India and South Africa are working together in the US to get a TRIPS waiver of Covid-19 vaccines

Diplomats from India and South Africa are working together to convince American lawmakers and policymakers they need to support their proposal before the WTO to temporarily move on to some of the trade-related aspects of intellectual property rights (TRIPS) during the Covid-19 emergency dispense.

Due to the gravity of the situation in various countries around the world, including India, the diplomats from both countries turned daily against the US Capitol and the corridors of power in Washington DC, which for the most part virtually underscores the situation, indicating that this is one of the key elements for is the saving of life.

In addition to the high-ranking diplomats from both countries, the two ambassadors – Taranjt Singh Sandhu from India and Nomaindiya Cathleen Mfeketo from South Africa – have made coordinated efforts to reach out to both legislators on Capitol Hill and policymakers in the Biden administration.

On Monday, Sandhu had a virtual meeting with the Kenyan ambassador to the USA, Lazarus O Amayo.

Good conversation with Ambassador Lazarus O Amayo @KenyaembassyDC. Discussed issues related to working together on affordable COVID-19 vaccines and therapeutics to ensure global public health and strengthen the fight against the pandemic. pic.twitter.com/ufcDxbQHjc

– Taranjit Singh Sandhu (@SandhuTaranjitS) May 3, 2021

“Discussed issues related to working together on affordable Covid-19 vaccines and therapeutics to ensure global public health and strengthen the fight against the pandemic,” Sandhu tweeted.

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While the Trump administration has not yet made a call on the matter, its top officials have conducted a series of intensive consultations with various stakeholders, including major Covid-19 vaccine manufacturers such as Pfizer and Moderna, as well as World Trade Organization (WTO) and top Business stakeholders such as the US Chambers of Commerce.

This is reflected in the readings issued by the office of US Trade Representative Katherine Tai last month following her meetings with various stakeholders.

Tai met virtually with World Intellectual Property Organization (WIPO) Director General Daren Tang on Monday to discuss increasing vaccine production and the role of intellectual property in addressing pandemic issues.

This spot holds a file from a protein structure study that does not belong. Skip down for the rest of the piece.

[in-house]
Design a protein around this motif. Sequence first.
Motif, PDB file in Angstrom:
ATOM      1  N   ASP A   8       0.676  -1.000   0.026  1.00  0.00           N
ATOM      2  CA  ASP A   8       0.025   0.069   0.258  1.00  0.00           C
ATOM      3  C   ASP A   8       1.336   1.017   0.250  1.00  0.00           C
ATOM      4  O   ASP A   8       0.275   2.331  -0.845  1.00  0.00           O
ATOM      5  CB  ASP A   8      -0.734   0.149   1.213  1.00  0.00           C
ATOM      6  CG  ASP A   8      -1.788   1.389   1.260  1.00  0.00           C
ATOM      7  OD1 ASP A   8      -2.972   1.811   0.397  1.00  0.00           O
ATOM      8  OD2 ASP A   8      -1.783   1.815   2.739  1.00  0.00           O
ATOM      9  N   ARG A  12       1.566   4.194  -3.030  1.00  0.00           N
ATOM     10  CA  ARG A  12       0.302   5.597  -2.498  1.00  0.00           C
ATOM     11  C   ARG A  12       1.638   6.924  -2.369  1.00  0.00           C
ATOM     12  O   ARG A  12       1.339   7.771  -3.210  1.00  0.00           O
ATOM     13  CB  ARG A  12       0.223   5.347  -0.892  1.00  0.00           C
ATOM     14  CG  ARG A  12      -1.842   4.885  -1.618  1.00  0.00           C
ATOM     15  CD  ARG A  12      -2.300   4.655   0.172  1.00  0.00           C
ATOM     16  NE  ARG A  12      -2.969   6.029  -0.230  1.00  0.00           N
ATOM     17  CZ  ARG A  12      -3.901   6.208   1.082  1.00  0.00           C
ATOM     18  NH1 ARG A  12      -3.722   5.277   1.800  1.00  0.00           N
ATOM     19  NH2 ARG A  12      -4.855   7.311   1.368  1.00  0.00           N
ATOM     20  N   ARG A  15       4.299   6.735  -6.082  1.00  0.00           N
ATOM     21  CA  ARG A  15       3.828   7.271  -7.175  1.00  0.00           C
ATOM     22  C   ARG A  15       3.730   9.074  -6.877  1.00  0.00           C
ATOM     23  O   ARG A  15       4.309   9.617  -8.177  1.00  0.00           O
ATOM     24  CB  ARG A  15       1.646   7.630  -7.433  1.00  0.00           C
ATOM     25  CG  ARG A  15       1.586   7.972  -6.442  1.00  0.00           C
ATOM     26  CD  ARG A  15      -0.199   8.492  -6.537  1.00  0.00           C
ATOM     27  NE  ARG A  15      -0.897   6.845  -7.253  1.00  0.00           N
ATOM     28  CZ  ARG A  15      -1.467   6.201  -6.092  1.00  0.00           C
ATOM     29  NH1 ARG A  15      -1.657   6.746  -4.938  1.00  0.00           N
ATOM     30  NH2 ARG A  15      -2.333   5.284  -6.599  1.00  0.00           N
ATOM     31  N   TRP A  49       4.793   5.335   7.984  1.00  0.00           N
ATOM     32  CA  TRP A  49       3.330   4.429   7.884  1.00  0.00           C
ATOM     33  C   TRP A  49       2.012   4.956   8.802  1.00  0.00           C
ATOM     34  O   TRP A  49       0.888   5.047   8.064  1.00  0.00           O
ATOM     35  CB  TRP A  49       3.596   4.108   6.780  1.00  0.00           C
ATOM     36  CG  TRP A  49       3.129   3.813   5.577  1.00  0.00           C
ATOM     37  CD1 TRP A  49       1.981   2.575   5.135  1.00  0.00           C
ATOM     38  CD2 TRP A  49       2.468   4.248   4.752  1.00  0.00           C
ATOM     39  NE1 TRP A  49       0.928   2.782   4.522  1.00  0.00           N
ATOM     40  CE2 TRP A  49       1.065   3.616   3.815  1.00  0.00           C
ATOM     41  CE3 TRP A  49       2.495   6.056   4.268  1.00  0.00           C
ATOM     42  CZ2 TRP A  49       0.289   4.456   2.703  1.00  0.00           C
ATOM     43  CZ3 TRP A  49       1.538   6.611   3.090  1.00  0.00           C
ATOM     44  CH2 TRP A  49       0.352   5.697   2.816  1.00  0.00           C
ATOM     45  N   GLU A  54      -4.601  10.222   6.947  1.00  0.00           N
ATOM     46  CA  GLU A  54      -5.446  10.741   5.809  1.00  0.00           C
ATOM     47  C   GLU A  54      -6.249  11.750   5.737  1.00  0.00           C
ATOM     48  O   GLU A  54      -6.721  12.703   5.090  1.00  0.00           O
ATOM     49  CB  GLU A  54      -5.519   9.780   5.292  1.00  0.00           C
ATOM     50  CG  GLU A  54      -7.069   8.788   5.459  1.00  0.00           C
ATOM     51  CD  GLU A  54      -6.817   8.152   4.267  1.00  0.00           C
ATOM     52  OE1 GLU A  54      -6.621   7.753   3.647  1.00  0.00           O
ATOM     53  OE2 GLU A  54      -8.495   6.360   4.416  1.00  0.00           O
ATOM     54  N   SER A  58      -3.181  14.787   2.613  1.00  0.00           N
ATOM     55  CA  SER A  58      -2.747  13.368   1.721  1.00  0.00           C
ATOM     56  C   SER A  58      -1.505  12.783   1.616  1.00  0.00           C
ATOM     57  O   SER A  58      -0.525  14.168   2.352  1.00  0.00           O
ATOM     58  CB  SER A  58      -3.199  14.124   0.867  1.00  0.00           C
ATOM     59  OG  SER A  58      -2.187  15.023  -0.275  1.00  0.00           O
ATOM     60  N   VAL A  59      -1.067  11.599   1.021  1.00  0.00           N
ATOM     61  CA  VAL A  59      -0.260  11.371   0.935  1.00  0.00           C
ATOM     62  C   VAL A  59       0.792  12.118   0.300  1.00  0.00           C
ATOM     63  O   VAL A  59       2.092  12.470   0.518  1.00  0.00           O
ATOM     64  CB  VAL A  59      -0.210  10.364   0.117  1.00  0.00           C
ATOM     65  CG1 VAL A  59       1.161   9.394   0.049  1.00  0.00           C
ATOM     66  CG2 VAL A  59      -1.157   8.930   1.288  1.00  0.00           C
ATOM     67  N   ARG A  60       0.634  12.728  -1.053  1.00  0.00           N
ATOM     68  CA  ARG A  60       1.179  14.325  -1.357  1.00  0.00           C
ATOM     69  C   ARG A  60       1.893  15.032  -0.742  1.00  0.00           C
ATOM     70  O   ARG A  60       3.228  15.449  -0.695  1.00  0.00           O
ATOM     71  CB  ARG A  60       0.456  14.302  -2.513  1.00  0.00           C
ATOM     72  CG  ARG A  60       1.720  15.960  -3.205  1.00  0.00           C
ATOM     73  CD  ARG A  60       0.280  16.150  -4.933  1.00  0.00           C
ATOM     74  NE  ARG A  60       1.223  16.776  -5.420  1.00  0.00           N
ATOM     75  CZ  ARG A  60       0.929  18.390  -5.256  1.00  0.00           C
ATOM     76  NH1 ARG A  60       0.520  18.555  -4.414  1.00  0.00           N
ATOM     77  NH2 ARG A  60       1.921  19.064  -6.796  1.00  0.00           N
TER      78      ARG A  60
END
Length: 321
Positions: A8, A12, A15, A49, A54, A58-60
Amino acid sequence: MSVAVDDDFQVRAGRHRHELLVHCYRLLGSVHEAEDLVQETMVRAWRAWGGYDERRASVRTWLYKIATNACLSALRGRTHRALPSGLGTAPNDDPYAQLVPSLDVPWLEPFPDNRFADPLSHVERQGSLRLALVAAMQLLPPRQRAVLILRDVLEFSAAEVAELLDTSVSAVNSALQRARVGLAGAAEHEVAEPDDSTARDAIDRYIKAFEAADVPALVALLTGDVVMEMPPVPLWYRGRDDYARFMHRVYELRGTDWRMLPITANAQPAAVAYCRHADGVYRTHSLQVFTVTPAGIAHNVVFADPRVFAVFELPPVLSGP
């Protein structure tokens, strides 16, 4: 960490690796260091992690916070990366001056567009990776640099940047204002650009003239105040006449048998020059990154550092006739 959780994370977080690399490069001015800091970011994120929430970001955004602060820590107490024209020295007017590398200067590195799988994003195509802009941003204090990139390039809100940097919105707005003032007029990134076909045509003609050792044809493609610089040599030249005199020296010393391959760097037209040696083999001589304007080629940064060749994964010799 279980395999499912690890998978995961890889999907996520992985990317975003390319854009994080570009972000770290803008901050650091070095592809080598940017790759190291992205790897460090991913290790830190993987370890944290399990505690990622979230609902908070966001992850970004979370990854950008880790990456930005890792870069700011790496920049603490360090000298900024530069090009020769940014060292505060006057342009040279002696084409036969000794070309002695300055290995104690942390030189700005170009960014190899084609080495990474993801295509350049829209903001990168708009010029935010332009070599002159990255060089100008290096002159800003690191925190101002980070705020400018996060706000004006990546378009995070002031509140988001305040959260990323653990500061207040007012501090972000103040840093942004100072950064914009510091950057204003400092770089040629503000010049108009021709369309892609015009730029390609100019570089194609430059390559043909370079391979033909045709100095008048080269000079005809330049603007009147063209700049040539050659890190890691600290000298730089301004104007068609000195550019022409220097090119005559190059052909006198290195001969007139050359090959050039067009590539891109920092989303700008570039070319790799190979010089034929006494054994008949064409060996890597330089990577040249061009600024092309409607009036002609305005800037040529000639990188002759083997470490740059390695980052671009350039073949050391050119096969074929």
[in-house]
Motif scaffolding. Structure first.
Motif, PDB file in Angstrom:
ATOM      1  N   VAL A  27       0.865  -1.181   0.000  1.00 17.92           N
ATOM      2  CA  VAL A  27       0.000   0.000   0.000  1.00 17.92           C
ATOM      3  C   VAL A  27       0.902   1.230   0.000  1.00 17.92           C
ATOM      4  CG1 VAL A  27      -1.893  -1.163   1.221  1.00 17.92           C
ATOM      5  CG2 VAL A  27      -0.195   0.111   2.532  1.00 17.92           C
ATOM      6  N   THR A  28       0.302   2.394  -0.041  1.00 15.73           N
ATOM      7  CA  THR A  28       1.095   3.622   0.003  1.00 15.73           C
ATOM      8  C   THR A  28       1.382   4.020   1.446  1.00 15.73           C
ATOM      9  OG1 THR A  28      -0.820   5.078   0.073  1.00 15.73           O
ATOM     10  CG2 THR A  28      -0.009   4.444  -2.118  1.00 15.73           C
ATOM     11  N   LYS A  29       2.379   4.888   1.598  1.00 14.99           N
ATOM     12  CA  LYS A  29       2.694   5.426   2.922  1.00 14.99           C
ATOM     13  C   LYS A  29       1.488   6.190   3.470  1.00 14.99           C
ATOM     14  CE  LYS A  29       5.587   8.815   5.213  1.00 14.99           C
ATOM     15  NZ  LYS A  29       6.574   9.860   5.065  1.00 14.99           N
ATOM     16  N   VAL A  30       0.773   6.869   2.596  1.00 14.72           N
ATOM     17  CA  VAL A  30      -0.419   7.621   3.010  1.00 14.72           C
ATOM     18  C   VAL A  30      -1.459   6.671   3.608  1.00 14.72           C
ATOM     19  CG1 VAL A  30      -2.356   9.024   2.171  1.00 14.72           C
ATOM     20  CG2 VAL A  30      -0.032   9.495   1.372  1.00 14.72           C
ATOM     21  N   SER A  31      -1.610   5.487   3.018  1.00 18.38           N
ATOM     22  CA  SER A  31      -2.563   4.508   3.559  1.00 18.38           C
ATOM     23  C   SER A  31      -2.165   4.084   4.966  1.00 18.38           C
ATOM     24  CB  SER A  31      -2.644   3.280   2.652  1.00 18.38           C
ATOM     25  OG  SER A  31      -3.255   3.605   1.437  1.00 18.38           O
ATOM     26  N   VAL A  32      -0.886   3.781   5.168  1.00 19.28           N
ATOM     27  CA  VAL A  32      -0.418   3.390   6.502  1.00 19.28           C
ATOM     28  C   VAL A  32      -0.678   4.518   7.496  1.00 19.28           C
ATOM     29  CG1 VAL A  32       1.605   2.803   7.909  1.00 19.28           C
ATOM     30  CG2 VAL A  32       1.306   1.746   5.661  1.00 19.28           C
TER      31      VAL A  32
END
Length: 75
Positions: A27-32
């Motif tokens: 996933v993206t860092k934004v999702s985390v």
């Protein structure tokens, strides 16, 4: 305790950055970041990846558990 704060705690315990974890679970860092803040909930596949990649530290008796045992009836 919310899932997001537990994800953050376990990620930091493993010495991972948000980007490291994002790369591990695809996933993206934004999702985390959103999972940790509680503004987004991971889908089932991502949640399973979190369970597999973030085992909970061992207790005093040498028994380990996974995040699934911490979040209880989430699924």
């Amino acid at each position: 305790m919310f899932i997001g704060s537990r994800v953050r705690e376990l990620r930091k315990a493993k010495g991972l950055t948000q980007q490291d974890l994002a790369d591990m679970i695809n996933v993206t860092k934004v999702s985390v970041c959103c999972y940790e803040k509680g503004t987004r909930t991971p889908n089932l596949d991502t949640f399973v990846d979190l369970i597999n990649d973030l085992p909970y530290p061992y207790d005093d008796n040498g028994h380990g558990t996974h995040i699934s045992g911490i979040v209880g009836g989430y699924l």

Tai and Tang shared their views on the specific challenges developing countries face and the proposed waiver of certain provisions of the World Trade Organization (WTO) Agreement on Trade-Related Aspects of Intellectual Property Rights (TRIPS) for the Covid-19 pandemic. Said USTR.

The WTO is expected to hold a meeting on the subject on May 5th. While the White House is agreeable and considerate of the issue raised by India and South Africa, it remains undecided to facilitate the protection of Covid-19 vaccine patents to encourage overseas production.

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“There has not yet been a decision or recommendation from USTR that has been presented to the President, and no decision has yet been made. Our overall goal, however, is to serve the world community as best we can, and to do so in a cost-effective manner. And that’s our consideration, “White House press secretary Jen Psaki told reporters last week.

However, the massive reach of India and South Africa has resulted in overwhelming support from Congressmen on this issue. Democrats and progressive lawmakers in particular have called on the Biden government to weaken patent protection for Covid-19 vaccines worldwide.

Last week, more than 100 Congressmen wrote a letter to President Joe Biden stating that from a global public health perspective, this waiver is critical to ensuring adequate volume and equitable access to Covid-19 vaccines and – Ensure therapeutics around the world.

The TRIPS waiver is also important to ensure that all global economies, including the US economy, can recover from the pandemic and thrive. Put simply, we have to have vaccines, tests and treatments available everywhere if we are to destroy the virus anywhere, the letter said.

In their letters to Biden, India Caucus leaders in both the US House of Representatives and the Senate called for TRIPS to renounce Covid-19 vaccines.

At the individual level, lawmakers like Indian-American Congressman Pramila Jayapal, Congressman Raja Krishnamoorthi and Ro Khanna have been very vocal on the issue, as have powerful Democratic senators like Bernie Sanders, Elizabeth Warren and Amy Klobuchar.

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